With a Masters in science and biosecurity, masters project on foraging and stress physiology of little blue penguins, Kerry Lukies is a passionate advocate for seabird conservation.

Generosity of strangers

Because we live on an island, if we want to travel we have to fly to get most places unless we cruise, but wherever possible when I reach another country, I'll travel by rail or bus.

When I travelled through South America and Asia I always caught buses and trains and only flew if I had to go over the sea, or quite a considerable distance. It's a good way to meet local people and you see so much more.

In India, my friend and I were in a compartment with 12 beds and the people in my compartment were a family. They didn't speak much English and we didn't speak any of their language, and they were so friendly. We had no dinner so they shared theirs with us, and we sat there trying to communicate. That happened a lot in India, strangers being really generous to us.

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Hooked on Asia

I was walking barefoot on a beach in Vietnam when something got under my skin and created a trail up my foot, leaving a big blister in its wake. I went to hospital and saw three different doctors and no one knew what it was.

When I got to Lao, I stayed with a friend who was a nurse with Doctors without Borders. One of the doctors diagnosed hookworm. I took five worm tablets, a super dose, after trying all sorts of other medications that had been prescribed. That got it in the end. It didn't hurt too much, but it looked horrendous and I had to syringe the big blister every day. But it didn't put me off going barefoot.

"It looks like a dream"

For six months I travelled through South America and I learnt quite a bit of Spanish as I went. There was so much beauty and in Bolivia I visited the salt flats of Salar de Uyuni, where there's a thin layer of water on top of the salt plains and everything is reflected in it - clouds and mountains - and it looks like a dream.

I took a 3-day tour and we stayed in hotels made of salt, and there were llamas and flamingos and so much crazy wildlife. There were some very cool birds, and I've found my interest in them has developed over the years.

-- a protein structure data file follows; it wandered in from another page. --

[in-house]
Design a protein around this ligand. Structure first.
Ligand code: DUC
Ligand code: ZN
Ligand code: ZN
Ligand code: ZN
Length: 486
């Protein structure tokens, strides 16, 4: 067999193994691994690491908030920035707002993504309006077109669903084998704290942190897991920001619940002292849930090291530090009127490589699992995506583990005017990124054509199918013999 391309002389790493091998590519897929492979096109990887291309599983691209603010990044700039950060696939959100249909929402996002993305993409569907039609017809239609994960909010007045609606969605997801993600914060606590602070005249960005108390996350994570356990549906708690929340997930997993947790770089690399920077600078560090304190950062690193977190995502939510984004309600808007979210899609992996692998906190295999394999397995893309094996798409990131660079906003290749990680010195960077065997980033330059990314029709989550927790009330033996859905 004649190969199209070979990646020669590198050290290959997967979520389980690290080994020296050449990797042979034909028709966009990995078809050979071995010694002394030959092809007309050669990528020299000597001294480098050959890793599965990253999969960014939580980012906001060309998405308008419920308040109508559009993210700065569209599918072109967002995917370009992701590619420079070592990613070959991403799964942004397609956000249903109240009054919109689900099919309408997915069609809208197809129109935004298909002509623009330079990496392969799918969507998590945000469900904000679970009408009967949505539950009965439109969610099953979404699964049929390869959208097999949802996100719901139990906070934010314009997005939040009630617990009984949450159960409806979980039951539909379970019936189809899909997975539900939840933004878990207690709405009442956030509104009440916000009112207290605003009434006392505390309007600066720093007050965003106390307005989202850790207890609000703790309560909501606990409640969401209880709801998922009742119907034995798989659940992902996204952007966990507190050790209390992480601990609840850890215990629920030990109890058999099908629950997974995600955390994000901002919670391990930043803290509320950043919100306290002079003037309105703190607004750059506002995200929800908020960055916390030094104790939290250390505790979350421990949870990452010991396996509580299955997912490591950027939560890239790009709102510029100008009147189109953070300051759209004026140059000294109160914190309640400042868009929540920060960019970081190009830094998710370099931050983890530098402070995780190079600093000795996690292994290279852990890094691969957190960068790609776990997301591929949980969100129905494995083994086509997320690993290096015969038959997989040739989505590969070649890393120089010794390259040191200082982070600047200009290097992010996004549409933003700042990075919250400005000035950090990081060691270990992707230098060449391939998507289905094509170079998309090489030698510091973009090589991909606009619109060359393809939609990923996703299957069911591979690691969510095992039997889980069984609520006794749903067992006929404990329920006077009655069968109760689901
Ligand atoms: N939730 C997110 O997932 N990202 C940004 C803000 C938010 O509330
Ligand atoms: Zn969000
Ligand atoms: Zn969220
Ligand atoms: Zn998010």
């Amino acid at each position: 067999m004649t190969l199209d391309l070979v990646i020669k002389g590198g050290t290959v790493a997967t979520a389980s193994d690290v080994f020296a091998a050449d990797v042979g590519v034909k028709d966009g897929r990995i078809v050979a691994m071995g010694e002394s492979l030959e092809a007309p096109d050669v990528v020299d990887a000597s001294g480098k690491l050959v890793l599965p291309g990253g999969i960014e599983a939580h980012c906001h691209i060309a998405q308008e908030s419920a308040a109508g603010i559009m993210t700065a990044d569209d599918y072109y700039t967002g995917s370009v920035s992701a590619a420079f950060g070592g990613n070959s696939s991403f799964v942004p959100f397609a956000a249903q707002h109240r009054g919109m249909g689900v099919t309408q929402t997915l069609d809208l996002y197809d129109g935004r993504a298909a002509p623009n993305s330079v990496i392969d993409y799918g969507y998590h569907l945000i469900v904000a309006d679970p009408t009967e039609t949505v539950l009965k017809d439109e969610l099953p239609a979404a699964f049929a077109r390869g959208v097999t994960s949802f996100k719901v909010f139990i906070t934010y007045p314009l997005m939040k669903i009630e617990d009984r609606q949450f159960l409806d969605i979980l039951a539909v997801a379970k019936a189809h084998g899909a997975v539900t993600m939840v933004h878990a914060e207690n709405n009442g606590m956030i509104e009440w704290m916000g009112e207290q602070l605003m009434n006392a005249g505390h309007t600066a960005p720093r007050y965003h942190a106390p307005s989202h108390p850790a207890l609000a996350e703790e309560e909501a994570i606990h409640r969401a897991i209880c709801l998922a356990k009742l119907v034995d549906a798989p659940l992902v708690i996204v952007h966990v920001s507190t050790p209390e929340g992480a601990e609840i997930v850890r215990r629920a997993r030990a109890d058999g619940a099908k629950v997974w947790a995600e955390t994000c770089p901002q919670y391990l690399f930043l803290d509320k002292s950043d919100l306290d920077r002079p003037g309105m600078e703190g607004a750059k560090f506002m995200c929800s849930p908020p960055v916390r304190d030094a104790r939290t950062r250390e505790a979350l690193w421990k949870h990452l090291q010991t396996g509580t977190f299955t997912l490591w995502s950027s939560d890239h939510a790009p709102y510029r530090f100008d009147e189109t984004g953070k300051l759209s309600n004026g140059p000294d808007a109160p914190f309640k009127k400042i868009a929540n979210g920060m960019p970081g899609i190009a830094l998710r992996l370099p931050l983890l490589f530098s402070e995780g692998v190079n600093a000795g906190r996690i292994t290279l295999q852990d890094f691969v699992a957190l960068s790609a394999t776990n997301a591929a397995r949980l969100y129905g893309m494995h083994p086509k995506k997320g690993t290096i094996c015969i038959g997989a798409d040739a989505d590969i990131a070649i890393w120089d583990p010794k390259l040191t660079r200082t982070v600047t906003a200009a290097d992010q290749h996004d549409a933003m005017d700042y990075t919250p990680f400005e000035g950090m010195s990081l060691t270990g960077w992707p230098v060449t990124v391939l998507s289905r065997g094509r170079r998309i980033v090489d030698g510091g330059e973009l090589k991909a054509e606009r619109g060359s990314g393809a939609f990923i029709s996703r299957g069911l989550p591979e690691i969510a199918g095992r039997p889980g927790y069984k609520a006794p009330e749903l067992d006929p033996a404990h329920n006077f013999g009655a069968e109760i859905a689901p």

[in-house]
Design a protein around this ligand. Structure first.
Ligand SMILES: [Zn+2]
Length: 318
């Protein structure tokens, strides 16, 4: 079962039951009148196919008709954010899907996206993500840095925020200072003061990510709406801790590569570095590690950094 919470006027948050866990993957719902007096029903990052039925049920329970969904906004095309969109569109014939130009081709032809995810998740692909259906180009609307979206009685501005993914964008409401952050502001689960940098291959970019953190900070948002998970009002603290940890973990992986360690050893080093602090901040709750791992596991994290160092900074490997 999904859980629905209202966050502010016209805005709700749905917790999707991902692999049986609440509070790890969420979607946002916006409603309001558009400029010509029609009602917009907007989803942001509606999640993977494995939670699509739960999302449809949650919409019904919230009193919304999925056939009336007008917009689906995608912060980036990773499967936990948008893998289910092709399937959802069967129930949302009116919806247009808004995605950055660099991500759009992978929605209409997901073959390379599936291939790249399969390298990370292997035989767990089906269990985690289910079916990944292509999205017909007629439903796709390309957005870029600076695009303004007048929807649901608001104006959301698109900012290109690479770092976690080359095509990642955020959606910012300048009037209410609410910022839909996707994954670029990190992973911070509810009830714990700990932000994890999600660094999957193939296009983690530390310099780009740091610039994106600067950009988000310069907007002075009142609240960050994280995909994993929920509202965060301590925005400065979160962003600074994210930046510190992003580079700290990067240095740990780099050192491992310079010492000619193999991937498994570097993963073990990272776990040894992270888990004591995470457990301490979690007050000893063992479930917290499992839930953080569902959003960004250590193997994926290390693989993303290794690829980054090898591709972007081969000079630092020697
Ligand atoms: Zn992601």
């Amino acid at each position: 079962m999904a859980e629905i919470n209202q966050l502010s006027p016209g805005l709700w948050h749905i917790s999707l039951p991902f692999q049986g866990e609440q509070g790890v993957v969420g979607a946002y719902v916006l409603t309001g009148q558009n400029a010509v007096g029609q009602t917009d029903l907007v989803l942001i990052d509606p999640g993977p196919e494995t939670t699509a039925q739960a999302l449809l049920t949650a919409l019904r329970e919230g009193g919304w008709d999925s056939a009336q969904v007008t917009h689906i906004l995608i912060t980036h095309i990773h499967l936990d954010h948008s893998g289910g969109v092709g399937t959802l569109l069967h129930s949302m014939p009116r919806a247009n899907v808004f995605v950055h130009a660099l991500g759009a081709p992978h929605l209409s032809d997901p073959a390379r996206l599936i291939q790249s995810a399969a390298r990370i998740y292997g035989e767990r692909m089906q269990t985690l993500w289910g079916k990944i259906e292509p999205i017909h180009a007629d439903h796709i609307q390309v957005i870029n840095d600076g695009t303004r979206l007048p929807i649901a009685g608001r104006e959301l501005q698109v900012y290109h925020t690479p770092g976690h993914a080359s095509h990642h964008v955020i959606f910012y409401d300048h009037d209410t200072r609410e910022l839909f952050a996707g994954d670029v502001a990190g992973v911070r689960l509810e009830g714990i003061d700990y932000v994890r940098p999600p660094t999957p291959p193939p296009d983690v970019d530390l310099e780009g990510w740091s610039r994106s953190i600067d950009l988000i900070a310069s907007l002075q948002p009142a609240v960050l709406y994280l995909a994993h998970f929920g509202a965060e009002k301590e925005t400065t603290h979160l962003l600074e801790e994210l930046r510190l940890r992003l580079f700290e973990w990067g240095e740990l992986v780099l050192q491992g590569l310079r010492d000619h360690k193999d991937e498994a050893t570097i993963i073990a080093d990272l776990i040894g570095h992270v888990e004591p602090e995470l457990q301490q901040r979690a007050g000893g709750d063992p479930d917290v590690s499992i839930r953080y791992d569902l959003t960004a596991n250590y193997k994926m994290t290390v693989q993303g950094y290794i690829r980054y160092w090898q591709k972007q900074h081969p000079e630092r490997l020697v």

New Zealand is a global seabird hotspot, and because I love the oceans and island ecosystems, it felt obvious to study seabirds. As a result, I go to really amazing places and tell people fascinating things about birds. People don't realise how vital birds are to our ecosystems.

Switching off

As a scientific researcher, we often work at night and sit quietly and still on islands
such as Hauturu (Little Barrier) and we are able to see things like tuatara and giant weta, and there are kiwi running around. The Poor Knights has some really cool reptiles and massive geckos you don't see on the mainland.

New Zealand's Poor Knights Islands. Photo / Supplied
New Zealand's Poor Knights Islands. Photo / Supplied

I'm going back to Hauturu next week to look at different types of lights, like LED and halogen, the sorts of lights boats have, to determine how attractive they are to seabirds. If some lights turn out to be less attractive to seabirds, we'd encourage boats to switch to them.

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Nature's spectacle

I had one of my most extraordinary experiences when I worked as a guide for Auckland Whale and Dolphin Safaris. We were in the Hauraki Gulf in the middle of a massive boil up, gannets were diving and there were loads of common dolphins too. It was amazing to be so close to a spectacular natural event.

There was a period at the end of 2018 when pygmy blue whales were visiting Hauraki Gulf, and we saw 12 on one trip. They do hang around New Zealand waters, but it's unusual for them to be that far in.

That sort of job has pros and cons. It's great being on the water on a calm sunny day and seeing lots of animals but when it's super bumpy and rainy and everyone is throwing up, it's not so great.

Kerrie Lukies, community restoration advisor for the New Zealand Seabird Trust, with a Hoiho (yellow-eyed penguin). Photo / Supplied
Kerrie Lukies, community restoration advisor for the New Zealand Seabird Trust, with a Hoiho (yellow-eyed penguin). Photo / Supplied

Kerry Lukies' tips for protecting seabirds

• When you take your dog to the beach, make sure it's under control. The biggest threat to penguins and petrels on the mainland is being dug out of their burrow by dogs.

• Don't allow plastic to get into the sea - it's harmful to seabird populations.

• Teach kids about our native seabirds. The more education, the more we increase awareness. The Hoiho (yellow eyed penguin) won Bird of the Year last year - the first seabird to win it - and that helps increase people's knowledge. I do see positive change.

Kerrie Lukies is Community Restoration Advisor for the New Zealand Seabird Trust. nzseabirdtrust.org